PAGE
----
Orwell feels like an outcast rebel, he wants the Burmese to stand up against the British Empire. Young Orwell sets the tone of how he is torn between doing his job and doing what was morally and ethically right. (shooting the elephant or letting it live) 3. Some analogies that Orwell uses are: the elephant looked no more dangerous than a cow, grandmotherly. They watched me like a conjurer about to perform a trick.
If Temas does not kill the lion it will kill him and even if he friends save him from the lion he will be looked down upon for not killing the lion by himself. The reasons were different because Temas did it to impress Kileghen and so that when they are moving the cattle if a lion attempts to kill them they will kill it first. They must know how to kill the lion with know else’s help so that when it counts they can do it by themselves. He wanted to impress Kileghen so that she would not like Medoto anymore, but him instead. Jerry’s reasons were different because he did it to only prove to him that he could do it, and to prove that he could be a man and do something without his mom.
The mayor was offended by most of the catalogue which includes dead animals, a human statue made of blood, and, the one he found most offensive, the Virgin Mary depicted using a piece of elephant manure on a cloth. Mayor Giuliani says, ‘You do not have the right to government subsidy for desecrating somebody else’s religion. (561)’ What he means is that the government is not going to pay the museum to have this portrait stained with elephant compost in its exhibit when so many people have a strong religious belief in the Virgin Mary and see this as defiling their beliefs. With a $23 million annual budget, the museum receives close to $7 million annually in operating cost from the city. The city provides more than 30 percent of the annual cost and has set aside almost $20 million more to do work on the museum.
In the two readings, Journal of the First Voyage to America and Shooting an Elephant, the authors, Christopher Columbus and George Orwell, had two very different views of the inhabitants of the locations they were in with Columbus being in San Salvador and Orwell being in Burma. The cause of the different views could be that where Orwell was he had been living with them and had to deal with all of their insults and criticisms because he was a British policemen who was there to enforce all of the rules established by Britain in the area and this caused many people to fear and despise him because of his job. But, in the location where Columbus was he was just visiting the land and was there to befriend the peoples so that they would have good
Orwell refers to himself as being “young and ill-educated and I had had to think out my problems in the utter silence that is imposed on every Englishman in the East,” (Orwell) but according to Peter Firchow “even though Orwell had joined the Imperial Indian Police, thereby making an apparently overt anti-intellectual choice rather than go to university, as most of his classmates at Eton did, he was definitely not uneducated or even unsophisticated” (Firchow, 81). “Shooting an Elephant” was written in the first person point of view, which I feel makes the writer and the
After a rampant elephant kills a man, Orwell is in a position where he feels he has to kill the elephant. George Orwell does not want to shoot the elephant, yet the circumstance drives him to it. If I were in his position, I would not have given in to
DID HE HAVE ANY OTHER CHOICE? In ma opinion I would say this is a grey situation meaning that it’s not black and it’s not white its in the middle, basically it’s a 2 sided case. I would start off by saying lennie had no right to act as God in taking his best friend’s life just because he made a mistake, God is the giver and taker of life so George had no right to take lennie’s life. There are many other ways in which George could have dealt with lennie for instance he could have taken lennie to the police, if he could have killed someone like a brother to him just like that then obviously he could have easily taken him 2 the police station and left him there to be taken care of. He could have easily told the police men what was wrong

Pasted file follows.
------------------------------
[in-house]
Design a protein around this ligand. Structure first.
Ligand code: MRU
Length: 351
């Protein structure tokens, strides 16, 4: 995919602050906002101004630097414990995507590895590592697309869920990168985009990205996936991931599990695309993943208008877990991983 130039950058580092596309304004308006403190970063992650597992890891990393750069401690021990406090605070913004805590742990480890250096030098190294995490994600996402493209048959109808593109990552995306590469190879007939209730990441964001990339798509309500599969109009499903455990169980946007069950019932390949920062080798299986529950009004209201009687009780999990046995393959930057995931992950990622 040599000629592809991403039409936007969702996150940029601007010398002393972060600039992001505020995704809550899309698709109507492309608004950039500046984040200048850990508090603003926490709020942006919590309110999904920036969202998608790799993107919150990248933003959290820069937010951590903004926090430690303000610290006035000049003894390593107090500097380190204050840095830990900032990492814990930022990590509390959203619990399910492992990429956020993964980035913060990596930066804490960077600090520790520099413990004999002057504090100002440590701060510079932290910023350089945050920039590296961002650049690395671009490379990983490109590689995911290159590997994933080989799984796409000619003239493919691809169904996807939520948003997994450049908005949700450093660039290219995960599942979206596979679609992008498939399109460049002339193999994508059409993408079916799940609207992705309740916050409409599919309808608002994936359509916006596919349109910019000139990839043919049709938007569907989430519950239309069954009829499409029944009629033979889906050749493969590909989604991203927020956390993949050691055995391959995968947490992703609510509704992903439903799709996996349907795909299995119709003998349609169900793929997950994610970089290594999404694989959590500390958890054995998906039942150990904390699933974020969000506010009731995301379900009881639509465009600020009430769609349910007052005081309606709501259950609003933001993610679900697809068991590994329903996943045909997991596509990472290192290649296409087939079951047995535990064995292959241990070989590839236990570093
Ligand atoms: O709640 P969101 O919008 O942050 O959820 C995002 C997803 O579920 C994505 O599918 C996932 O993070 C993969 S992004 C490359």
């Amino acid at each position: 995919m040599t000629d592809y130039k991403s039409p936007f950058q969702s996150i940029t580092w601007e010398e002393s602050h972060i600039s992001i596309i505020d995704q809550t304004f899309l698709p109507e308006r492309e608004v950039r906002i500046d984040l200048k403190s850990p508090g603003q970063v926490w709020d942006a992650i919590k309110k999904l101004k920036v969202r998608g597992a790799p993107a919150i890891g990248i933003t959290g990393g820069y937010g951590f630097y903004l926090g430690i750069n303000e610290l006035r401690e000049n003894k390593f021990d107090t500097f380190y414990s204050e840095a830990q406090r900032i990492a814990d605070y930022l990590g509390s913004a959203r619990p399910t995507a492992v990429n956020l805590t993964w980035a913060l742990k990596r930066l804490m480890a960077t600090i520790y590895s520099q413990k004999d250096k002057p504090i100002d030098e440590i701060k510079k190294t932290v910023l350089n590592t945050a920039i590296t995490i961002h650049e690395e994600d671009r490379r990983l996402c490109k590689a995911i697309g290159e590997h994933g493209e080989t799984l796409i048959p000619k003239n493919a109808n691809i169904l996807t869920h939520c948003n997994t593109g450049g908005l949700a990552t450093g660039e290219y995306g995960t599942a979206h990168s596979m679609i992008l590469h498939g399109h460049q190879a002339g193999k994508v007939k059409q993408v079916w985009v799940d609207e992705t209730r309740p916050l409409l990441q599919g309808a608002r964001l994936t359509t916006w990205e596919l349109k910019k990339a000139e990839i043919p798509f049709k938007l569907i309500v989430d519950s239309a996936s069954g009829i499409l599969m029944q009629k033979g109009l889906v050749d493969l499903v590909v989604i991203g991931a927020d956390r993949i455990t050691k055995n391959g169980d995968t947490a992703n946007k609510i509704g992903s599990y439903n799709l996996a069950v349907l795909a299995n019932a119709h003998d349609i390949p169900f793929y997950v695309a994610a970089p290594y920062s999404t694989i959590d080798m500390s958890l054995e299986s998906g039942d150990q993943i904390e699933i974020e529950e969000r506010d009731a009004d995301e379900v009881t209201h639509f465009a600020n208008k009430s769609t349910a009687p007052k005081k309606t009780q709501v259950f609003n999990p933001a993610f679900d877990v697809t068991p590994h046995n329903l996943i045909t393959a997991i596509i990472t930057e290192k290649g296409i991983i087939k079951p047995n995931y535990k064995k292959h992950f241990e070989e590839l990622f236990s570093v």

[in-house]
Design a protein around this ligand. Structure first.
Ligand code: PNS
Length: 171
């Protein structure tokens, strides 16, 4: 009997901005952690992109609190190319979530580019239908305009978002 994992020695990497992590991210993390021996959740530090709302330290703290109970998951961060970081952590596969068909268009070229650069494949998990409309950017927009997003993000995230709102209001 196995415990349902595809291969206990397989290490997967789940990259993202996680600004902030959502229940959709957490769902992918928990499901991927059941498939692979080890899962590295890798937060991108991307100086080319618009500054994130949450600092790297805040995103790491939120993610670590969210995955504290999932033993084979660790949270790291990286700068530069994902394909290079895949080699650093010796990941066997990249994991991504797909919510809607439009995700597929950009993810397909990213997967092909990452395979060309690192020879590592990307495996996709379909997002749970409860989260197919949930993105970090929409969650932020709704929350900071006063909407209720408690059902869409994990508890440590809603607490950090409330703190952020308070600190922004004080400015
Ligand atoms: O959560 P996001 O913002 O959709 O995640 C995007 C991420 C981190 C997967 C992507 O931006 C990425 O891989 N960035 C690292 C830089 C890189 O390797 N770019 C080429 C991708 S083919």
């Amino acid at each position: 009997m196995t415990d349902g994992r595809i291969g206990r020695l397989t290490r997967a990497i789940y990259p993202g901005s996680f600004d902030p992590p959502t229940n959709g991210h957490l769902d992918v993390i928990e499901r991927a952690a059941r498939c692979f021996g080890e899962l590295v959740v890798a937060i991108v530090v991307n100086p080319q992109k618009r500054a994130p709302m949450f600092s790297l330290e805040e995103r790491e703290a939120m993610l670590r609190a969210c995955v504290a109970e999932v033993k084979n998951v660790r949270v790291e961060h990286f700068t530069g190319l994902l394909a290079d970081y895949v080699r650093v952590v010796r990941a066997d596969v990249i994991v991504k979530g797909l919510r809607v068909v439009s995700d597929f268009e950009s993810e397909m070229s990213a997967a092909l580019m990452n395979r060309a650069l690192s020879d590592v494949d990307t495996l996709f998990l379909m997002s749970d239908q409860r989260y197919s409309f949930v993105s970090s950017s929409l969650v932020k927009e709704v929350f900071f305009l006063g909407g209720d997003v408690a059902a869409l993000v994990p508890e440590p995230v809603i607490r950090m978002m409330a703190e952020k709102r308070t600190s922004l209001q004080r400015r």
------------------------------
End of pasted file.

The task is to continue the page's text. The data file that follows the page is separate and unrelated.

Freda Amponsah Professor Insolera English 107B*2 April 3, 2012 Giving Up, Fitting in the Society There are a lot of people who sacrifice their principles and values to be accepted in their community and to gain society’s approval. “Salvation” by Langston Hughes , George Orwell’s in “Shooting an Elephant” and “Once more to a lake.” by E.B. White these deal with the idea of fitting into society in very dissimilar ways. George Orwell explains in “Shooting an Elephant” the fights that he faces trying when to gain the public support and respect when he shoots down in blameless animal and sacrifices what he accept as true. However, he respects the people even though they reject him, Langston Hughes in “Salvation, describes how he was forced
This speech is different from the others in that he uses very vivid and disturbing images when he is trying to convince the governor to surrender his city. Although this speech does use Henry’s same rhetoric he isn’t leading anyone in a sense. He actually says that if the city doesn’t surrender he will lose control of his army and they will go off and do whatever they want. Henry says, “ your infants spitted upon pikes”(38) which draws a not so pleasant image. It almost leads us to question Henry’s morals if he is willing to kill infants.
The danger this elephant brought to the people was evident. The author did not have the intention at first to kill the elephant but brought an elephant rifle for protection. This caused people to follow out of curiosity. The elephant was now peacefully grazing in some fields as the author approaches. Seeing the animal so peaceful made him question what to do next.